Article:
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Expats are taken for a ride at home

March 27, 2013

ISLAMABAD, March 26: Repeated instances of fraud and subsequent police inaction have dissuaded many overseas Pakistanis, including UK-based Mohammad Khalid, from investing in the country. The cases have also highlighted a "might makes right" culture in which power and influence sway police actions.

In 2006, Mohammad Khalid paid Rs1 million for two 500-square-yard plots in a housing society in Zone V, for which he received possession letters.

When he came back in 2011 and went to visit the plots, "the management of the housing society told me that they'd allotted both of them to someone else by mistake, and that there were no more vacant plots available."

While the housing society offered to refund the one million rupees, "the plots are now worth over Rs10 million," Mohammad Khalid said, adding the rupee has also been significantly devalued over the past five years. "So I've decided not to invest in Pakistan again."

His case is not atypical. A government officer, Mudassar Nazir, revealed that his expatriate brother, Babar, had loaned some money to a friend, who never paid him back.

"When we went to the Sabzi Mandi police station," Mudassar said, "the SHO said, 'Did you ask me before giving your friend money? You guys just create problems for the police.'"

This phenomenon is not uncommon: Police report that every month, two or three cases of million-rupee fraud against overseas Pakistanis are registered at different police stations in the city. In most cases, police take no action; in others, the complainants do not even bother to register an FIR, and simply decide not to invest in Pakistan in the future.

In some ways, Canada-based Shamsuz Zaman's case was typical. He gave Rs20 million to Brigadier Imtiaz Ahmed Billa, "who assured me that his son, Zahid, would invest it in a land business." Zahid failed to invest the money, and Shamsuz Zaman asked for it back. Brigadier Imtiaz "gave me Rs11 million. Then he sent a check for Rs9 million, but it bounced."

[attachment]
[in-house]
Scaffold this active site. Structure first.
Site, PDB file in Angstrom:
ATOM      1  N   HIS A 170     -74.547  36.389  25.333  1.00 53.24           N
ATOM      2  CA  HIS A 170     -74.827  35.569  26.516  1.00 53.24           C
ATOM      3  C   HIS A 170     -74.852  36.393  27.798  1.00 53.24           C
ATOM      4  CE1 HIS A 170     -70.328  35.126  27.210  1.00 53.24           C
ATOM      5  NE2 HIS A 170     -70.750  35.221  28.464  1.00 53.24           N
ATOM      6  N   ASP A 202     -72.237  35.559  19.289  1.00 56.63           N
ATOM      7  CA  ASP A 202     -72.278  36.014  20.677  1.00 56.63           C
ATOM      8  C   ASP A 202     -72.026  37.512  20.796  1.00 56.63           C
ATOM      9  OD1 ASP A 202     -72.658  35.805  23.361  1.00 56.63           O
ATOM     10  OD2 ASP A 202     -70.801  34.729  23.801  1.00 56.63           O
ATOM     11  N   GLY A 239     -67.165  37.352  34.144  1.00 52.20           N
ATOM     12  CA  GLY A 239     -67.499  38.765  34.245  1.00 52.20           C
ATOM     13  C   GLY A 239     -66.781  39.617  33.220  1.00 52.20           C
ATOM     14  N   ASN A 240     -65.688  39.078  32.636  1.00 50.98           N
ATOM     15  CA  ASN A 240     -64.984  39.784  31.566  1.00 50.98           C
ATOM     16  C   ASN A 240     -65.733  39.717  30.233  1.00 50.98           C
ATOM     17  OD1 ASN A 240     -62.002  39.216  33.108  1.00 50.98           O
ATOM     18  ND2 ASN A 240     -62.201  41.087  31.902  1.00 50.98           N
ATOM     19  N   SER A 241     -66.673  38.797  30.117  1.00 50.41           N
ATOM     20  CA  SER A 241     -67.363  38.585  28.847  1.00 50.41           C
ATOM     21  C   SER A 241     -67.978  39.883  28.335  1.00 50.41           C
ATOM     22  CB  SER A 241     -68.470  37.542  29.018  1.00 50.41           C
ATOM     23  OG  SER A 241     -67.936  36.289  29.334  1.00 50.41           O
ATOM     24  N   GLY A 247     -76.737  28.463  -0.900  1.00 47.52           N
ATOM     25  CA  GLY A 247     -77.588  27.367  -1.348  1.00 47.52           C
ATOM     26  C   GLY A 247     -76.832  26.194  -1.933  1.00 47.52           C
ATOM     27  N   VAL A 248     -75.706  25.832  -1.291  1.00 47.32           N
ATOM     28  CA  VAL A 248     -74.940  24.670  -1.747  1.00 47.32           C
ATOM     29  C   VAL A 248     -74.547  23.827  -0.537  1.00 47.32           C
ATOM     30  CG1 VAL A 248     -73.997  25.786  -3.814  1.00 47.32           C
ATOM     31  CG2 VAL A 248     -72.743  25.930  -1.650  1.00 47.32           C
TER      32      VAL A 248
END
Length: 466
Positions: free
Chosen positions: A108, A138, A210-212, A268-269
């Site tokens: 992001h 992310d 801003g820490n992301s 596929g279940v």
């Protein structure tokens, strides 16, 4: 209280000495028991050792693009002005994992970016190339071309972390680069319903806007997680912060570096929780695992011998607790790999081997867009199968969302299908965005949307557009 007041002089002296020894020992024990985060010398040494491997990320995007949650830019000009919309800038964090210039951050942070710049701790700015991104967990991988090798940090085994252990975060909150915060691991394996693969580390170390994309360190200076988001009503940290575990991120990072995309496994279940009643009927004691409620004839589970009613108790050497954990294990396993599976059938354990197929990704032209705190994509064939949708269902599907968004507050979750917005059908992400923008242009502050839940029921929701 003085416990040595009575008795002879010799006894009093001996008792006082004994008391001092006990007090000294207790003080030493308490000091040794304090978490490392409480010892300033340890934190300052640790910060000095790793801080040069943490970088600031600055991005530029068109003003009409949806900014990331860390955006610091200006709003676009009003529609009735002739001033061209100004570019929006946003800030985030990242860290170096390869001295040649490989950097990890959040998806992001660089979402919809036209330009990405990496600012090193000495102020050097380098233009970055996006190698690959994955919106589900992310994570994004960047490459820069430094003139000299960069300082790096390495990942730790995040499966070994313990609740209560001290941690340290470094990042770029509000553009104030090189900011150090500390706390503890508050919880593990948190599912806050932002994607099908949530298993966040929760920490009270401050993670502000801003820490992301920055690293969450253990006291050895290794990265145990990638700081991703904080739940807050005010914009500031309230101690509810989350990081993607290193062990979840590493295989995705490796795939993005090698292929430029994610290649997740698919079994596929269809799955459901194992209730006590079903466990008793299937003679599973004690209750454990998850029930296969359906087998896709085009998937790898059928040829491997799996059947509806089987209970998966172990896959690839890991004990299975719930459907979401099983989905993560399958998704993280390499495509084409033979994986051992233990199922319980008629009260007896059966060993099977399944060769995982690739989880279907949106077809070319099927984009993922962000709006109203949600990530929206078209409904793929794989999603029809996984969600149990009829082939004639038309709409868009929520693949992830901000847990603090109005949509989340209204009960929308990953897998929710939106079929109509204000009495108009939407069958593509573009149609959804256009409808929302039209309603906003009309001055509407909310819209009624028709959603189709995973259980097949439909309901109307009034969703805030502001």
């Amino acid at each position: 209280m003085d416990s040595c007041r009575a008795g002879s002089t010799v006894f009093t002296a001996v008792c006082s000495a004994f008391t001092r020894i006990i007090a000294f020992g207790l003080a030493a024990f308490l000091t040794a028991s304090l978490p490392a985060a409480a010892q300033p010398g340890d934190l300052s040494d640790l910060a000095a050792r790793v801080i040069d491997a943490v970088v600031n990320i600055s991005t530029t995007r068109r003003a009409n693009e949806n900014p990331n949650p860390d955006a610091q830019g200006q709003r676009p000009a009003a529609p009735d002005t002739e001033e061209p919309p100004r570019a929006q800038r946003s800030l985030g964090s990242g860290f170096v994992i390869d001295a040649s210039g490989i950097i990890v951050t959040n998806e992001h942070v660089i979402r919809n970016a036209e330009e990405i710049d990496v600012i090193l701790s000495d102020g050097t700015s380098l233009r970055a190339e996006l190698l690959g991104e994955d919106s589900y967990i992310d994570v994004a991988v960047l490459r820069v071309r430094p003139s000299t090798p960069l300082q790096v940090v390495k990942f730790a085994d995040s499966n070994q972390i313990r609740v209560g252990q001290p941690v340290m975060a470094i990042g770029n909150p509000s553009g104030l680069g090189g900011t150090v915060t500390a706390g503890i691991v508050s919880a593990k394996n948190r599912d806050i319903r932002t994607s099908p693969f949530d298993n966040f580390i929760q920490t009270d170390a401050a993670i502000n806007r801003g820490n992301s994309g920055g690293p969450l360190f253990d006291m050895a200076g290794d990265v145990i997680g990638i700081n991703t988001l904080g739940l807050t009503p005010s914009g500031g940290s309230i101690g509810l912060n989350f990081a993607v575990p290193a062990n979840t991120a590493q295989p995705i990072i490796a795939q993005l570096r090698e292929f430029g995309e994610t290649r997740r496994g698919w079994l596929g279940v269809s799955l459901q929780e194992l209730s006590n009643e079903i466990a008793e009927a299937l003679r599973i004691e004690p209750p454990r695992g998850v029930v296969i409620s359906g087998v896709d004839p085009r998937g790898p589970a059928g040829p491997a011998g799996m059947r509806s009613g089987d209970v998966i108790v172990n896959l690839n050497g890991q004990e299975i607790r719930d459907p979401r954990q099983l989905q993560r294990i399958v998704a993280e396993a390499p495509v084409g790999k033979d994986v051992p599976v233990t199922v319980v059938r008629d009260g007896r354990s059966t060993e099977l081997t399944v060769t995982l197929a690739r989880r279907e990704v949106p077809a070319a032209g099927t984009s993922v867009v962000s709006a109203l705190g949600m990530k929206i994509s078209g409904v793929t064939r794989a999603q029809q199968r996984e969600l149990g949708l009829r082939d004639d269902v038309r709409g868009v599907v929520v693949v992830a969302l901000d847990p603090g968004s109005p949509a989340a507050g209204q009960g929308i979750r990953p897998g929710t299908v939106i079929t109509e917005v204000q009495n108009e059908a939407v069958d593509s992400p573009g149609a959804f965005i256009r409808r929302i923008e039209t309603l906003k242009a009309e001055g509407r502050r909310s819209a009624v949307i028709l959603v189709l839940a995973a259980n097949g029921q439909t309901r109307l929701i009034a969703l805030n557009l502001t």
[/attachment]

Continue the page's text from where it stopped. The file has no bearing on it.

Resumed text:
After what Shamsuz Zaman calls "a very long struggle," he managed to get Kohsar police to register an FIR, though even that failed to bring the respondent to the police station. "We can't arrest that kind of person," a police officer said. "The best we could do was an FIR," for which Shamsuz Zaman had to use "all his resources, including Canadian nationality."

Brigadier Imtiaz, a retired one-star general, was director general of the Intelligence Bureau from 1990 to 1993, and also served in the Inter-Services Intelligence. Requesting anonymity, the police officer claimed that Brigadier Imtiaz had been the "driving force" behind Operation Midnight Jackal, the 1989 attempt to destabilise the government of former prime minister Benazir Bhutto.

"The police are helpless in this kind of case," the officer continued. "So we recommended that Shamsuz Zaman use some other channel to reach an agreement with the brigadier." Kohsar Station House Officer Hakim Khan added that the police had "not taken any step against Mr Billa."

A legal expert, Riasat Ali Azad, told Dawn that police generally do not take action against "influential personalities," for which, he said, there were two reasons. "Many times, police officers get transferred if they try to take action against the mighty ones," he said, giving the example of an Industrial Area superintendent who registered a case against a retired army officer in 2012 and was not reinstated until the Supreme Court took notice.

"The other reason is that the police try to oblige people who can be influential and work in their favour," he continued. "That way, they can get the appointments of their choice later on." This last factor, Azad said, was the most detrimental. "Political interference in appointments has to be eradicated to get better output from the police."

The defining factor in Shamsuz Zaman's case turned out to be media attention, which can turn a high profile into a liability rather than an asset. Conscious of his image and prestige, "the suspect sent the plaintiff a new, post-dated cheque," a police officer said.

Shamsuz Zaman confirmed that he had received a new cheque, dated March 27, 2013. "I hope that this cheque will not be dishonored," he said.